Chris Cheeseman, Paul Krysinski
"I know it's weird, trust me, I just lived it." That line of dialogue late in the film stuck out to me, and I knew it would be the perfect way to express how I felt after having watched "Mind Leech" for myself. Oh, those small towns out there can get into big trouble sometimes, can't they? "Mind Leech" dives deep below the surface of that concept to create some chilling horror that's colder than the outdoor scenes you'll see here. It's on the shorter side of movies at just under an hour, but in my opinion, it delivered quite a lot of bang for the buck. You're looking at one of those creature-based movies overall, but one with a storyline that makes some logical – and ecological sense. Isn't that the best way to create real Horror/Sci-Fi? To me, it is – the closer something can make sense to our mind and seem possible, the more "real" something becomes, wouldn't you say? As far-fetched as "Mind Leech" is, and is intended to be, believe it or not, this movie's plotline isn't that far out of the ballpark of a potential future we could be in for from some manufactured disaster. Hopefully, it doesn't go to the extremes you'll see onscreen, but I'm not ruling it out just yet.
Smart filming shots, like when we meet the cops for the first time, all bent over and hunched into the camera by the side of the road, are excellent. I dig how we also get the camcorder footage, eventually, which gives it that more personal touch and helps us feel like we're right there with them in this strange film. The underwater shots are good, and the scenes with the ice fishing were a stellar way to get this plotline officially moving after the setup we'd seen to get there. Epic shots during the outside scenes of "Mind Leech" can also be found throughout its length, from frozen landscapes to capturing the still eeriness of the ol' small town that's so regularly the real victim in the horror film genre. I also liked watching the found footage towards the end, and when visual effects were used, it wasn't like they were trying to hide them. While there's definitely a bend in the story arc as it plays, which we'll get to in a minute here, the acting stayed consistent throughout the film, and the direction was also good.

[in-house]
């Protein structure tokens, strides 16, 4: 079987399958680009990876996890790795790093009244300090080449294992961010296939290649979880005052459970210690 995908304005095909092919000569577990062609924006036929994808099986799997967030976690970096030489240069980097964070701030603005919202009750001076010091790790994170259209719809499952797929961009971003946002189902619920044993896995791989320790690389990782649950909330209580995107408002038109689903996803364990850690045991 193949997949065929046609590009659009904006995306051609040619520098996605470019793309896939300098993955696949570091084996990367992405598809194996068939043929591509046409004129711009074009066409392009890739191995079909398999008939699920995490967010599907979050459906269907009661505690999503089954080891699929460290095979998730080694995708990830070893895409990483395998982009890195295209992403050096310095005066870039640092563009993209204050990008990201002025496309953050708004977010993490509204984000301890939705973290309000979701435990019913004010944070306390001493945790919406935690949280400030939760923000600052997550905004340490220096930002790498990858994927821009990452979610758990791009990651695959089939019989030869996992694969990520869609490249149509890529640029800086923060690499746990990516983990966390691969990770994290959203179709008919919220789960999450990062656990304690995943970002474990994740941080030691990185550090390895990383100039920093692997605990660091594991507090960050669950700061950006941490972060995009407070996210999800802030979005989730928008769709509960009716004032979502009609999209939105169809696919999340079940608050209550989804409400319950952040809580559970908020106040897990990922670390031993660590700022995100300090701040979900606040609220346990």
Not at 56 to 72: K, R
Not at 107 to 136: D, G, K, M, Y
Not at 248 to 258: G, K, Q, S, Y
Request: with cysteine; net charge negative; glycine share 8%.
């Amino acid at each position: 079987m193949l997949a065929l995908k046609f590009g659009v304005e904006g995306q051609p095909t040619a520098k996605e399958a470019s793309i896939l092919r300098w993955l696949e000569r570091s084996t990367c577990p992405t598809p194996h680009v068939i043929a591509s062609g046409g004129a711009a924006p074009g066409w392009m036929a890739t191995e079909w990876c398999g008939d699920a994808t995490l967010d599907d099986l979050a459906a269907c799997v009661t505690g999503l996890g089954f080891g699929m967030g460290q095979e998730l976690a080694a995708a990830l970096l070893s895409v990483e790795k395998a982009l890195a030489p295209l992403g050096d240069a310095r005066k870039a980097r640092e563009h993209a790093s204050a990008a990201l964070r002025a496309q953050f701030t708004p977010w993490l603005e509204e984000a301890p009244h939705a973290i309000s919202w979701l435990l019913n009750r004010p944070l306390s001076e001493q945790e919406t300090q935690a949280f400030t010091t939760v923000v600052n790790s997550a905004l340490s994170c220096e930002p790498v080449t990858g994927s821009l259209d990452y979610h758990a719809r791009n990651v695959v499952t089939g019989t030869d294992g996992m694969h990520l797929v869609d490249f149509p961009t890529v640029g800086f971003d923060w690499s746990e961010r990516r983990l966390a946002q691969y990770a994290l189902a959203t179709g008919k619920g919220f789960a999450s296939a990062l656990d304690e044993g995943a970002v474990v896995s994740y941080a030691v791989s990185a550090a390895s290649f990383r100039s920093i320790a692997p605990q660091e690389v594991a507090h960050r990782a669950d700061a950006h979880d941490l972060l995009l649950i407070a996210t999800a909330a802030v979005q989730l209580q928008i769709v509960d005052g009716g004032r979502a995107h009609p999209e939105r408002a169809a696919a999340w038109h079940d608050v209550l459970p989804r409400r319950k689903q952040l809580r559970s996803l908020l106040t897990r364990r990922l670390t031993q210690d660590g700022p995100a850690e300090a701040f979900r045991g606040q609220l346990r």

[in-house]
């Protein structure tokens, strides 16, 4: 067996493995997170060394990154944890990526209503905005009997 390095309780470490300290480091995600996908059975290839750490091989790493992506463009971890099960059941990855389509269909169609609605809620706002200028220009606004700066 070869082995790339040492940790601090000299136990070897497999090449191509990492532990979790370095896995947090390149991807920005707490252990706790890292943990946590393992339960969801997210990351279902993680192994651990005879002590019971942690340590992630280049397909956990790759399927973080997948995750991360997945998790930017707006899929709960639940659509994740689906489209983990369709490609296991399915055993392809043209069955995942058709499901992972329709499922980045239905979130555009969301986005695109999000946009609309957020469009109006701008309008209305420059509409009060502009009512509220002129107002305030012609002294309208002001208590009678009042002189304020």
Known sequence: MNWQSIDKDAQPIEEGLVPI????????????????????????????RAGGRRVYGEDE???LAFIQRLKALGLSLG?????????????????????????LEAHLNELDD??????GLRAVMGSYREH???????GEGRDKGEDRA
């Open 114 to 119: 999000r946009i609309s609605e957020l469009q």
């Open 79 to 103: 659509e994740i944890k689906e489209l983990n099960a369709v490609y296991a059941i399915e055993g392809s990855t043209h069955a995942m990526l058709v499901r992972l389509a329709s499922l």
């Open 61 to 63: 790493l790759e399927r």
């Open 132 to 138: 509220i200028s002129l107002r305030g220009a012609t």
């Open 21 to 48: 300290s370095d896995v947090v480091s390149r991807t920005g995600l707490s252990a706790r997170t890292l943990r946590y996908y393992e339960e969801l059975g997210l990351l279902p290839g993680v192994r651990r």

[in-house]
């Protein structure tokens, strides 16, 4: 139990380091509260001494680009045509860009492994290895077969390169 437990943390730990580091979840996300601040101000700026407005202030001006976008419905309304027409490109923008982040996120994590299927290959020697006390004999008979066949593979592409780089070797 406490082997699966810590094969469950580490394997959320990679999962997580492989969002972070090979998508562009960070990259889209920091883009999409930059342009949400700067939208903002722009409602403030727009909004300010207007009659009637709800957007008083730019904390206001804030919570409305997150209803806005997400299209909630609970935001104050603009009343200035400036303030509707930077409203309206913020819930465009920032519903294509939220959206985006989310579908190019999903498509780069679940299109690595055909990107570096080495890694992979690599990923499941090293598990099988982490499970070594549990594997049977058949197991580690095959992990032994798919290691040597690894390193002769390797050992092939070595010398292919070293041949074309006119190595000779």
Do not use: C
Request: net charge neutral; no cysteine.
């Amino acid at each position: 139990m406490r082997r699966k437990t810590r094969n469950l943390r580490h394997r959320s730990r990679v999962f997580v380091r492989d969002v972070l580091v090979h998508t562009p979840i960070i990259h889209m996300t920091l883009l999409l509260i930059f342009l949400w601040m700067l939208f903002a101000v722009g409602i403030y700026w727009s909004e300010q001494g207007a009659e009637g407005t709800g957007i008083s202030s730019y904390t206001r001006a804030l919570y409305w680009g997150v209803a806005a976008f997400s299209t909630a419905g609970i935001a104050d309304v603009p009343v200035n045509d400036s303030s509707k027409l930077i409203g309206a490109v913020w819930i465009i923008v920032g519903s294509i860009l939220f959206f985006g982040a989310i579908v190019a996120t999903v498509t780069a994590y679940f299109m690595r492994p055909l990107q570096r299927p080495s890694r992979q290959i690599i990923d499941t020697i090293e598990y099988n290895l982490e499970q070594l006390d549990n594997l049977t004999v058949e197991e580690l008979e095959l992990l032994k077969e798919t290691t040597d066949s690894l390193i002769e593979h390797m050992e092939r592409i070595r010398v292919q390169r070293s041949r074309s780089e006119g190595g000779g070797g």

Clearly, there's a point in this movie that will separate those that really like what that next part will be from everyone that was… let's say, 'hanging on' up to that moment. I'll fully admit that "Mind Leech" quickly became something altogether different with the introduction to its titular species, and it wasn't at all how I felt like I was expecting it to go. Does it become over the top? To a degree, there's no doubt about it, as every scene pretty much past the pivotal plot twist in "Mind Leech" has to play off the carnage and chaos of the setup to this film - at least a little to deliver the payload. What was actually really surprising to me was that I never felt like the watchability of this movie ever suffered. Trust me when I tell ya, a lot of films go so far over the top that they lose that critical element of being able to retain their audience after making a big move as this movie does. I was seriously stoked that I didn't feel that kind of wear and tear in watching this film. As a result of seeing a few different perspectives - and transitioning through a couple of storylines as we watch it all unfold, you're not really spending all your time with the creature in a creature film, know what I mean? So if you are one of those folks that aren't as "into" that kind of a film, hang on because you might be surprised by how much you'll wanna stick with it - and how the characters tend to drive this plot more than the creature.
What I really loved, beyond all things, was that "Mind Leech" never once felt hurried; you'll find all kinds of scenes from dialogue to nature shots to driving out on the open road that a lot of directors would have been tempted to cut down, especially if you're intending on finishing with a product that's just an hour long. Rather than axe out important ways of establishing tone and atmosphere, directors Chris Cheeseman and Paul Krysinski made the right call by letting their movie breathe and find its way.
Ultimately they put us in a genuinely interesting box as viewers. It's not so over the top that we can't take it seriously, yet I never really felt like they wanted the fun sucked out of the film, either. I suppose that makes it a movie that you can watch from a variety of angles, much like it's shown to us. I never thought that "Mind Leech" was ever going for direct laughs, though you might very well chuckle during a moment or two…As I said, it's a lot of fun. Whatever you want to call a mix like this, it worked for me – "Mind Leech" was well worth watching, and I didn't feel like there was anything left out of the film. This is a real indication of "smart" filmmaking at the end of the day. Cheeseman and Krysinski made sure not to overshoot their ambitions, kept the storyline, ideas, and ways to present the concept tight to the margins, and came out with a surprising win. I'm giving this movie a solid three and a half stars. For a "Mind Leech," it really doesn't suck at all.